For Lloyd, every ANZAC Day is filled with memories of times gone by.

“I think about all those people that didn’t come back and those that have gone since. I remember a lot of my buddies that I lost. Our fairly small squadron lost 37 pilots in that war. A lot of them I knew very well, a lot I trained with.”

Leading the March this year is a sobering reminder of the fragility of life.

“It’s an absolute honour. My last colleague and buddy died just last week. They’re all leaving.”

John Moller.
John Moller.


Decades after he served, Commander John Moller OAM RFD JP (Rtd) still looks the part as he dons his naval uniform for the ANZAC Day march.

“I managed to get into it, it’s a bit tight around the tummy…” he trails off laughing.

“I was just so honoured to be asked to lead the March on ANZAC Day this year.”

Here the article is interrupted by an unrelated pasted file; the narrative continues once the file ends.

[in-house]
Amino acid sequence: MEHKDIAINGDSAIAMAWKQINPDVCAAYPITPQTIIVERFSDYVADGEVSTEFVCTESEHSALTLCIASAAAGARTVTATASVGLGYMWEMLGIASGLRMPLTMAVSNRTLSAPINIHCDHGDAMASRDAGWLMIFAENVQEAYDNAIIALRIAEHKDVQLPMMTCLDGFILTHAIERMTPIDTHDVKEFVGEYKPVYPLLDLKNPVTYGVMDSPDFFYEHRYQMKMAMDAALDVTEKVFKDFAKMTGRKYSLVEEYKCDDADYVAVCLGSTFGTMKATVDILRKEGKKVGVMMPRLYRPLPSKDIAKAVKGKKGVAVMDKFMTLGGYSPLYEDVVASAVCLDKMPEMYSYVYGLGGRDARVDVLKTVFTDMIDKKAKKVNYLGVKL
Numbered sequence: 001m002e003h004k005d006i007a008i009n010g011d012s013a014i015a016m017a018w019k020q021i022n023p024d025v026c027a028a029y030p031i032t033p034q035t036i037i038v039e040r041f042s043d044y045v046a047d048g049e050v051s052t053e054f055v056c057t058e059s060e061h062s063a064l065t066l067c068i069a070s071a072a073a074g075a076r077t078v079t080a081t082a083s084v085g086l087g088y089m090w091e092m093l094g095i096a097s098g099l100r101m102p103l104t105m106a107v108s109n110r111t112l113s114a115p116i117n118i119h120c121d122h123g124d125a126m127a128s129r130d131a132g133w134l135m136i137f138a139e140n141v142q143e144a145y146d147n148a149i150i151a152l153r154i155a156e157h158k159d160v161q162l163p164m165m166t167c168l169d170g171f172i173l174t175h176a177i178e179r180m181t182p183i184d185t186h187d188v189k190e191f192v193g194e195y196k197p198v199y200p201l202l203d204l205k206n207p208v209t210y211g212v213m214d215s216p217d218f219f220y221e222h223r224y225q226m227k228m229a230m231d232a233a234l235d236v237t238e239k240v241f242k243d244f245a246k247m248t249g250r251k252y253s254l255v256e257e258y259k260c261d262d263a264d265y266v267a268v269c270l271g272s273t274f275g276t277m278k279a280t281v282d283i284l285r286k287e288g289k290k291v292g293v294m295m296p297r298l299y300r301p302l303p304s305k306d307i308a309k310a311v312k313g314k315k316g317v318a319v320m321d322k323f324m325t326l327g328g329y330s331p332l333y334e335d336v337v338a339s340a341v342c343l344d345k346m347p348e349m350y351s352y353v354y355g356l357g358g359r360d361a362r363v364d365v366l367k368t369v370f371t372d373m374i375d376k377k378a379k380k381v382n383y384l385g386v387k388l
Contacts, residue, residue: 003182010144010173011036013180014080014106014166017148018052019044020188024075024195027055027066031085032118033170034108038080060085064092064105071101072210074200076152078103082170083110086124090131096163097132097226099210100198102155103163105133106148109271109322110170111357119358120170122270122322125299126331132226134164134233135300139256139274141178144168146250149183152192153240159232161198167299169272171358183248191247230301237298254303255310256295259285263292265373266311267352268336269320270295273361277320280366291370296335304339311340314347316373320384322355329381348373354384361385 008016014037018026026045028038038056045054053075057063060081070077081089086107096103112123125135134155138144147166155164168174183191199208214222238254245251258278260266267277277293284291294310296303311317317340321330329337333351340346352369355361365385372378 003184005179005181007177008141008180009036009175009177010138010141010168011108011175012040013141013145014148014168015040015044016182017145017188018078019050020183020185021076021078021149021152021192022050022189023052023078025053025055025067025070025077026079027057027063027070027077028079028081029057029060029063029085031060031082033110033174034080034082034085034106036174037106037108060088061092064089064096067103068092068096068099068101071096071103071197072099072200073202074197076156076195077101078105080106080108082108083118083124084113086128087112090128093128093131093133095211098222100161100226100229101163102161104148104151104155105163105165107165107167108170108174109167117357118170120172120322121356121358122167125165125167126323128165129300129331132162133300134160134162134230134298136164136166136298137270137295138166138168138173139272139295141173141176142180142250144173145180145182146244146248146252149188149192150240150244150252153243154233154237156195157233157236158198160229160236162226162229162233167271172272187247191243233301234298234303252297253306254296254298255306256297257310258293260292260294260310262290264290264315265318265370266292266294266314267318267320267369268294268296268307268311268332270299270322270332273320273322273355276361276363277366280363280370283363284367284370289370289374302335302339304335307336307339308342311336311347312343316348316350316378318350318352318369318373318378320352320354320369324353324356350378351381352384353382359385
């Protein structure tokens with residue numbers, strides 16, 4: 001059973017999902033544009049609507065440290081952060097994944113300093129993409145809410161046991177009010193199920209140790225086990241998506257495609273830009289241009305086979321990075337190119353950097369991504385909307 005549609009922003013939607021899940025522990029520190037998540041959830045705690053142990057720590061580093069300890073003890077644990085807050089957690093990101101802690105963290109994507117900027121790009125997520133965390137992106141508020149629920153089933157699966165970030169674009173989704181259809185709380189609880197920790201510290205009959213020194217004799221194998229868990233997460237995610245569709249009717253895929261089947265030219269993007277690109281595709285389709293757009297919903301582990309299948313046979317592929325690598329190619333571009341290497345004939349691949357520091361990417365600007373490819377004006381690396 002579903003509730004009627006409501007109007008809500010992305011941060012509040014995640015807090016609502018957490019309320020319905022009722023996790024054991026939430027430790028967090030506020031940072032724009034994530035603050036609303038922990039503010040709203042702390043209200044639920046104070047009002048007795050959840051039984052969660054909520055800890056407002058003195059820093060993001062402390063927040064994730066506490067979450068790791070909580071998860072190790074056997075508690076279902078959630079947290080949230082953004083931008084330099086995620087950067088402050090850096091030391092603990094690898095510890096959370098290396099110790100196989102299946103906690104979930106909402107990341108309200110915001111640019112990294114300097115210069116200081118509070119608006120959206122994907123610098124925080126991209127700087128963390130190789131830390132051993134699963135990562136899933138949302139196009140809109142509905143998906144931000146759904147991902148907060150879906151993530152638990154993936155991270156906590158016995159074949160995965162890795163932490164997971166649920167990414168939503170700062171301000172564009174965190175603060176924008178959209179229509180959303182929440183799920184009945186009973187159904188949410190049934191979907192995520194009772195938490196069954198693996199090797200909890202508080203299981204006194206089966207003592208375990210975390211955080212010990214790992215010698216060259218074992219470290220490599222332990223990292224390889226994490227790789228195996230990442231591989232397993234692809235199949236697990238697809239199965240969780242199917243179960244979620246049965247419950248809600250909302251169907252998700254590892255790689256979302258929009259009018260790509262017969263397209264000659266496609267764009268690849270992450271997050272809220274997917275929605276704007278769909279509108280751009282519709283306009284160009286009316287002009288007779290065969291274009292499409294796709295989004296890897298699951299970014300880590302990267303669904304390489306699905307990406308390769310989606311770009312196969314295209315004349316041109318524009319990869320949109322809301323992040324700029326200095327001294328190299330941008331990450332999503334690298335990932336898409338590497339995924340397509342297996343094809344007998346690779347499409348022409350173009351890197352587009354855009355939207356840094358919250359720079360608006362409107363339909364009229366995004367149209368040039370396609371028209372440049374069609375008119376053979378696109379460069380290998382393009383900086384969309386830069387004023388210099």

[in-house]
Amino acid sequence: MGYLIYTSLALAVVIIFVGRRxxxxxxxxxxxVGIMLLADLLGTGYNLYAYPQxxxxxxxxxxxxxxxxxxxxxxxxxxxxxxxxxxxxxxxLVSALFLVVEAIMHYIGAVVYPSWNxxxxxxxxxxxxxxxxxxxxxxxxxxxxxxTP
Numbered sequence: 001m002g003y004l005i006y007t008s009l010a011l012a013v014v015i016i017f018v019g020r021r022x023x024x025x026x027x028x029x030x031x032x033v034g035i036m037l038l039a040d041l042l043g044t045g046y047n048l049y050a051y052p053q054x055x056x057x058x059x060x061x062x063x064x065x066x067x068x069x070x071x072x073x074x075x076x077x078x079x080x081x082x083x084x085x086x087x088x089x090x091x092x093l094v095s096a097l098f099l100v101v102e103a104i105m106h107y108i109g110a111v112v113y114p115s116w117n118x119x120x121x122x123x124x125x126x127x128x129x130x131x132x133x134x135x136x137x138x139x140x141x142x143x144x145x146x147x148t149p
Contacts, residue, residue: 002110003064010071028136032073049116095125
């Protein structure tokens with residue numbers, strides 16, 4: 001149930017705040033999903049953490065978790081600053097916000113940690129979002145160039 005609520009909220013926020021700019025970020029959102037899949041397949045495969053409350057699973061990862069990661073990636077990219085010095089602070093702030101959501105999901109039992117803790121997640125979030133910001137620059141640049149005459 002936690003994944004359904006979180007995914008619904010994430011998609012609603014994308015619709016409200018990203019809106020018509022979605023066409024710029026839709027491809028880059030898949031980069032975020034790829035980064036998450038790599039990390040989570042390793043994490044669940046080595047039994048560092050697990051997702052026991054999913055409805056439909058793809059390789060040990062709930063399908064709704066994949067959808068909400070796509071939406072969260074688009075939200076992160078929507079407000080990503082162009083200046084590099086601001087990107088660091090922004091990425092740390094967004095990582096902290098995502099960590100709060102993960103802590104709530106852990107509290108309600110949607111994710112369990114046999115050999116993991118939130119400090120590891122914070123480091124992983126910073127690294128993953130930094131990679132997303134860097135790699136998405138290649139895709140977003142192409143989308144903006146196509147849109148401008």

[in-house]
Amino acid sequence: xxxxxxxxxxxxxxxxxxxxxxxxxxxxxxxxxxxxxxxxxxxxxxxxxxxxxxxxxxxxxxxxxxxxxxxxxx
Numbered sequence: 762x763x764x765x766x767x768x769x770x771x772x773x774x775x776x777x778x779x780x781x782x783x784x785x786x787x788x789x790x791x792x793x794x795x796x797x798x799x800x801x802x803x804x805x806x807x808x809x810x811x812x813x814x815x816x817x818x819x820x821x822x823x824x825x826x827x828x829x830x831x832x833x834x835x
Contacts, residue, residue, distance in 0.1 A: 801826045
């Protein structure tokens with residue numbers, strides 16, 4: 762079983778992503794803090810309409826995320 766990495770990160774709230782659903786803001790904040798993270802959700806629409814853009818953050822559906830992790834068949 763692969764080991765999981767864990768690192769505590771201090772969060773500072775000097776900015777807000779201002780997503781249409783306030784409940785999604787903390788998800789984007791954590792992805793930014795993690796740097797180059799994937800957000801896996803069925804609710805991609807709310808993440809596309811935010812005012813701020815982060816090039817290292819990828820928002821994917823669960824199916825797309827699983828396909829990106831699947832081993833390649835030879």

Yearning to join the Navy, John enlisted in 1950, aged just 17-and-a-half, and was sent to Korea on aircraft carrier HMAS Sydney the following year.

“We were surrounded by warships, maybe about six warships covering the carrier and protecting the planes onboard.”

With a crew of a about 1200, John slept in a hammock, had all his meals provided and even managed a daily hot shower.

He remembers some of the more challenging conditions over his six-month deployment.

“We had snow, we had tornadoes. The flight deck used to be covered in ice. Of course, the aircraft couldn’t take off when there was ice on the flightdeck. It had to be scrubbed off by the crew. All the Queenslanders and West Australians used to jump out of their bunks to look. The second morning only a few went and by the third morning the novelty had worn off!”

Every two weeks, the ship would return to Japan to refuel and restock.

This year, like every year, ANZAC Day will serve as a reminder of wartime.

“ANZAC Day is always about the people you knew and the ones that are no longer with you, you know, some of the guys you served with and you lost them.”